So maybe it's not the grandest house on the block. It might be small, but you can afford it. You might be able to turn that small house into your dream home with the right remodeling and expansion. One caveat: Make sure you don't overdo it and expand your house until it's bigger than other houses in the neighborhood. You'll end up paying higher property taxes with less of a chance to recoup your investment when you sell.
Check with your municipal zoning office regarding required setbacks for side and rear yards before you make any addition plans. Work with an architect to ensure any expansions conform to zoning. If your addition can't meet minimum setback requirements, it's possible to go before the local zoning board and request a variance. This process might be time-consuming and expensive, as you might need your architect and attorney present. Your neighbors will also be noticed, and can appear to voice concerns or support. Besides typical additions on the rear or side of a house, consider adding a second floor if your small house is a one-story. Such an addition can potentially double your living space.
Small, older houses might have separate dining rooms, however cramped. Turn the separate living and dining rooms, if contiguous, into a great room by removing walls and doors. If a dining room isn't contiguous, let it serve more than one purpose. If your kitchen is large enough to eat in, turn the dining room into an office or playroom. Put in a sofabed for use it as a guest room.
Let there be light. Making the house as light and airy as possible gives the appearance of more space. Replacing older, smaller windows for modern, larger ones increases the light coming into the home and saves energy through better insulation. You might also install a greenhouse window, not only to increase light and space but to bring the outdoors in. Consider installing a sliding glass door for a back entrance to both increase light and make access easier. On the ceiling, install skylights to bring in additional light.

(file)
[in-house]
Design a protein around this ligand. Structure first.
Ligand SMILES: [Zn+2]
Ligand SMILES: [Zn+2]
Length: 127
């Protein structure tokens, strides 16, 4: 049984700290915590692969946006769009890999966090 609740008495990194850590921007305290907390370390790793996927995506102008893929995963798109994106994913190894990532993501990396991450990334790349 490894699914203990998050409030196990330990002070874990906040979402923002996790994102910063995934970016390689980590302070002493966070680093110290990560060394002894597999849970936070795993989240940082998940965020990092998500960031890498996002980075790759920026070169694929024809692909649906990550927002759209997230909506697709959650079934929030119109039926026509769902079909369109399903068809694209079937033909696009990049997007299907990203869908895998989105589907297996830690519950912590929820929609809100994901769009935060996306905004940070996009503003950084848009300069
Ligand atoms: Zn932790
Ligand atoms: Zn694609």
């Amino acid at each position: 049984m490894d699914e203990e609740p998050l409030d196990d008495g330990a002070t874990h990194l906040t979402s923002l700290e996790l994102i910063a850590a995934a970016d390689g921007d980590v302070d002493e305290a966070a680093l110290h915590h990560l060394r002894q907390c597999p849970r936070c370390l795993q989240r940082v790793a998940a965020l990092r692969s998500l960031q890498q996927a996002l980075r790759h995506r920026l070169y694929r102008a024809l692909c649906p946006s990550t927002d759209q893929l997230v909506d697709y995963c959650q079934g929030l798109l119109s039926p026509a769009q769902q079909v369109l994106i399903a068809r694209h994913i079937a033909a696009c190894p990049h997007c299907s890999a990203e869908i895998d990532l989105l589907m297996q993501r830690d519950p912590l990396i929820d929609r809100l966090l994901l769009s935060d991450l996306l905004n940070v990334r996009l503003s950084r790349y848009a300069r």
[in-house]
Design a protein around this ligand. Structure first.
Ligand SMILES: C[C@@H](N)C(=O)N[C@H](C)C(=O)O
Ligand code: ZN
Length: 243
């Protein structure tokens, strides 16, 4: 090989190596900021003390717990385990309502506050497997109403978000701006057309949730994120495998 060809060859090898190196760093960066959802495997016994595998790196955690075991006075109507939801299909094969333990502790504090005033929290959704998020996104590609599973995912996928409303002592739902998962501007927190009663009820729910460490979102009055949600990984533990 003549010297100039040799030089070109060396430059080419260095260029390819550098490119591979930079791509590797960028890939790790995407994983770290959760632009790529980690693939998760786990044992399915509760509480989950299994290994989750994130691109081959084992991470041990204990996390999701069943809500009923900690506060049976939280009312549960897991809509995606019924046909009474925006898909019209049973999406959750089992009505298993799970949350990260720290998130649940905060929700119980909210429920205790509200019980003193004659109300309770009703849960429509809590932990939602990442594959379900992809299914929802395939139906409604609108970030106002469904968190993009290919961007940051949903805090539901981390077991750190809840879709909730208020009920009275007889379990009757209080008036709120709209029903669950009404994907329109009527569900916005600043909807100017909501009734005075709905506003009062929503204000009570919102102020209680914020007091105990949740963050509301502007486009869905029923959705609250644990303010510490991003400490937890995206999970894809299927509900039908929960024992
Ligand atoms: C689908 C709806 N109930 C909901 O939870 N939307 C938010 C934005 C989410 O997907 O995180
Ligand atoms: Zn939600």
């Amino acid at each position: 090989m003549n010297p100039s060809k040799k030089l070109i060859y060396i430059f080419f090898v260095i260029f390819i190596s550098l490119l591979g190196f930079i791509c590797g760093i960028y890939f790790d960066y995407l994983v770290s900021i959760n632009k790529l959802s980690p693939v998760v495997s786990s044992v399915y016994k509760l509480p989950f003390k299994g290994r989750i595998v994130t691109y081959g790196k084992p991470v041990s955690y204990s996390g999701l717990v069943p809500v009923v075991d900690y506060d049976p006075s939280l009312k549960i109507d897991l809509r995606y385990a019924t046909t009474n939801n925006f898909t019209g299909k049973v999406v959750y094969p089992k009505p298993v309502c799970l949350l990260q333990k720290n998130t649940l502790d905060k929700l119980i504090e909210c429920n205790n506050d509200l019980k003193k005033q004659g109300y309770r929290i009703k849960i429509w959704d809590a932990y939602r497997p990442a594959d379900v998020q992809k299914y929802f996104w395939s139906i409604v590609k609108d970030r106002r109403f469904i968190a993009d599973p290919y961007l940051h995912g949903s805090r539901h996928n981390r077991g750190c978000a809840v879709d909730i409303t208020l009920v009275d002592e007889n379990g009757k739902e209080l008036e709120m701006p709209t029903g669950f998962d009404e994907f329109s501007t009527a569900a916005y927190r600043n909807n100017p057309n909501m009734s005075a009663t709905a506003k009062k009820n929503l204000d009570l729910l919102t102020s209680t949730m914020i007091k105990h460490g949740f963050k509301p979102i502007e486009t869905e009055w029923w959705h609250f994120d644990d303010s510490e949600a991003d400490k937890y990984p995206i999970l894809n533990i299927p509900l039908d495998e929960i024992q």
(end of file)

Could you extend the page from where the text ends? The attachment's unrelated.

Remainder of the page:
If your ability to expand outward is limited, see what sections of the house might be converted into living space. Remodelling a basement is an obvious way to go, but also consider enclosing a porch to create a den or play room, or making an attic space into an additional bedroom or office.
Remodelling and Decorating
When remodelling, work to make traffic flow as easy as possible. Besides windows, use mirrors and lighting to enhance an impression of larger space. Get rid of clutter -- less is more. Include furniture that doubles as storage space. In any case, include as much storage space as possible in your remodeling plans. Knocking down a wall may not work in your particular home, but consider replacing a door with an archway or removing a door from one room to another altogether.
Jane Meggitt has been a writer for more than 20 years. In addition to reporting for a major newspaper chain, she has been published in "Horse News," "Suburban Classic," "Hoof Beats," "Equine Journal" and other publications. She has a Bachelor of Arts in English from New York University and an Associate of Arts from the American Academy of Dramatics Arts, New York City.